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The woke police going after nurse for believing in biology


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2 minutes ago, Moonlight Graham said:

If you say "I hate trans people" yeah there's a problem.  If you disagree with certain rights then it's fair game.   Jk Rowling hasn't said she hates trans people, she says biological women shouldn't have biological men in their changerooms and bathrooms.

But JK Rowling isn't even part of this discussion.  The person in trouble happened to sponsor a sign without her name on it - clearly not a problem.

I would be sympathetic if she only stated things as you said, if you must know.  But we don't know what exactly was said at this point.

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6 minutes ago, Moonlight Graham said:

If you say "I hate trans people" yeah there's a problem.  If you disagree with certain rights then it's fair game.   Jk Rowling hasn't said she hates trans people, she says biological women shouldn't have biological men in their changerooms and bathrooms.

So, if she is saying it, who has denied her the right to say it?  
 

Isn’t that a very different issue to a nursing board looking at the professional conduct of its members?

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1 minute ago, I am Groot said:

1. It's hard for me to believe it's realistic to suggest this woman's statements would damage the reputation of nursing, especially when the majority of Canadians almost certainly agree with her.

2. But this is an opinion shared by huge numbers of Canadians.

3. Suppose the nurses association says it damages their reputation if she says she supports conservatives? I

4. Is that acceptable as well? Suppose she says that as a nurse she believes in private healthcare? Is that punishable?

1. That's valid.
2. If you're suggesting that one of the factors that should be considered when framing the policy is the "popularity" of an opinion then I disagree with that.  You seem to be saying that it's a widely held opinion on a change in our moral sphere, and as such it's not an outrageous example of hate propaganda.  I can concur with that.
3. You'd be surprised that some jobs disallow you talking about your political preferences. 
4. If it was explicitly spelled out, or commonly understood that that was unacceptable then yes.  But I don't think that's going to happen, nor am I concerned at all.

What I'm trying to do is get people to talk about what could constitute a set of considerations when setting up a policy on behaviour, online posting, or what have you.  Most people are just telling me whether they agree with the action or not.

 

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9 minutes ago, Michael Hardner said:

2. If you're suggesting that one of the factors that should be considered when framing the policy is the "popularity" of an opinion then I disagree with that.

The factor would be how outrageous the opinion is that it might damage the reputation of nursing. If most Canadians hearing the opinion would shrug and say "I agree" then it can't possibly damage the reputation of nursing.

9 minutes ago, Michael Hardner said:

3. You'd be surprised that some jobs disallow you talking about your political preferences.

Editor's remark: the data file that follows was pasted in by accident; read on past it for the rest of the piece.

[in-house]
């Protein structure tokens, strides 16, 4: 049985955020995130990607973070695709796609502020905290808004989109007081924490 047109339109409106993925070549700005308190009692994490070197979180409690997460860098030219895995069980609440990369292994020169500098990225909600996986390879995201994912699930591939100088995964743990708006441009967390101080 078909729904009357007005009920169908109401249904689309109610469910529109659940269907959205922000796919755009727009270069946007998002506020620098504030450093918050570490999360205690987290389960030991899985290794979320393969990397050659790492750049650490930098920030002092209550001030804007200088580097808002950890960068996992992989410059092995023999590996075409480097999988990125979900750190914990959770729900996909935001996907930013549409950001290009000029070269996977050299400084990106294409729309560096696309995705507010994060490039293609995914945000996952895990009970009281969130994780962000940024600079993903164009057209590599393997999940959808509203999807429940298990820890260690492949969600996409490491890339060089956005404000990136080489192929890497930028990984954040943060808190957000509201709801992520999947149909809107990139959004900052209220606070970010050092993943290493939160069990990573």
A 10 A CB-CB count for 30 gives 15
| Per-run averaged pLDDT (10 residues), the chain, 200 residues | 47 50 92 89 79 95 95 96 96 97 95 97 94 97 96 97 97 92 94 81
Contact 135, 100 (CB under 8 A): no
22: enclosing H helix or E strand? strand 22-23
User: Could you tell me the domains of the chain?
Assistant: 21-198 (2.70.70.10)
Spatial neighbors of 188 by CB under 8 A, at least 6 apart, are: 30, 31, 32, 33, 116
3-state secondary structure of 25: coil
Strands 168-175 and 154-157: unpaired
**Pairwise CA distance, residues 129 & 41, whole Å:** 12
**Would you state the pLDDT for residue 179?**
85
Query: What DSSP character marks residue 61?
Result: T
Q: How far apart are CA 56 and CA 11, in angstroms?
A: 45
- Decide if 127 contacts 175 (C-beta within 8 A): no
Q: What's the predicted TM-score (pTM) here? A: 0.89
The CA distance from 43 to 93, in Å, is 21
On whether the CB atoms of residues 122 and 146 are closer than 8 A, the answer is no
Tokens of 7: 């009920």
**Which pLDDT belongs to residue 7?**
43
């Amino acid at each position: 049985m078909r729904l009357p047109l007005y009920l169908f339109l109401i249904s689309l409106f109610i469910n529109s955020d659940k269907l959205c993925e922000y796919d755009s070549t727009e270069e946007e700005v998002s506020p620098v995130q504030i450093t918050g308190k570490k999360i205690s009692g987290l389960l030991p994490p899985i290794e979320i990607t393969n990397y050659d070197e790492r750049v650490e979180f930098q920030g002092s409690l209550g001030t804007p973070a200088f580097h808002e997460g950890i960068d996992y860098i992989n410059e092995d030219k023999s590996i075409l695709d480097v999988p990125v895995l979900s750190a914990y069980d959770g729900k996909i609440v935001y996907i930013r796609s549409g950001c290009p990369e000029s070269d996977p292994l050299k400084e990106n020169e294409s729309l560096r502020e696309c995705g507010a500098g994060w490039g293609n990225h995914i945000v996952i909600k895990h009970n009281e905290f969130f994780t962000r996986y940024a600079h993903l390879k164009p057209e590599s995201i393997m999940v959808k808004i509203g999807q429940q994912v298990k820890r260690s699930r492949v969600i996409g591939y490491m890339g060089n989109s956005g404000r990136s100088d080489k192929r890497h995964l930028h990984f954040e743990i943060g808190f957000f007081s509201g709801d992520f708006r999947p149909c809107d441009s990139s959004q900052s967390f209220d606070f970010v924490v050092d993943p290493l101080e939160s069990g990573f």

On the job. Not in real life.

9 minutes ago, Michael Hardner said:

4. If it was explicitly spelled out, or commonly understood that that was unacceptable then yes.  But I don't think that's going to happen, nor am I concerned at all.

Do you think that when most people became nurses that the nursing association even had this rule regarding statements about transgenders? Because it seems to me the whole 'transgender' controversy is a fad brought into being by American progressives a few short years ago. It's unlikely any but the youngest, newest members ever had any idea this was going to be a thing.

Much like the Law Society of Ontario, which decided that it was going to impose thought control on its members with regard to diversity, equity and inclusiveness too close to an election and found the board turfed by those who disagreed.

 

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19 minutes ago, I am Groot said:

1. The factor would be how outrageous the opinion is that it might damage the reputation of nursing. If most Canadians hearing the opinion would shrug and say "I agree" then it can't possibly damage the reputation of nursing.

2. On the job. Not in real life.

3. Do you think that when most people became nurses that the nursing association even had this rule regarding statements about transgenders?
 

4. Because it seems to me the whole 'transgender' controversy is a fad brought into being by American progressives a few short years ago. It's unlikely any but the youngest, newest members ever had any idea this was going to be a thing.

5. Much like the Law Society of Ontario, which decided that it was going to impose thought control on its members with regard to diversity, equity and inclusiveness too close to an election and found the board turfed by those who disagreed.

 

1. Interesting.  Well, I get it but you're now putting the decision in the hands of ... popular polls.  I mean, it's one answer but here's a challenge: try to come up with a scenario where they go with this plan and ANOTHER bad decision comes out of it.  

2. No, real life too.

3. Of course not, but things change and at the moment they change things get a little fuzzy.  That's why I'm asking how you would want to handle it.  Let's say it's 1968 and I'm openly writing letters to the Toronto Telegram telling them why interracial marriage is an abomination.  It's an accepted viewpoint at that time.  
   My point is that these things change. And I don't have a strong opinion, but I'm interested in the trials and rewards of living in interesting times.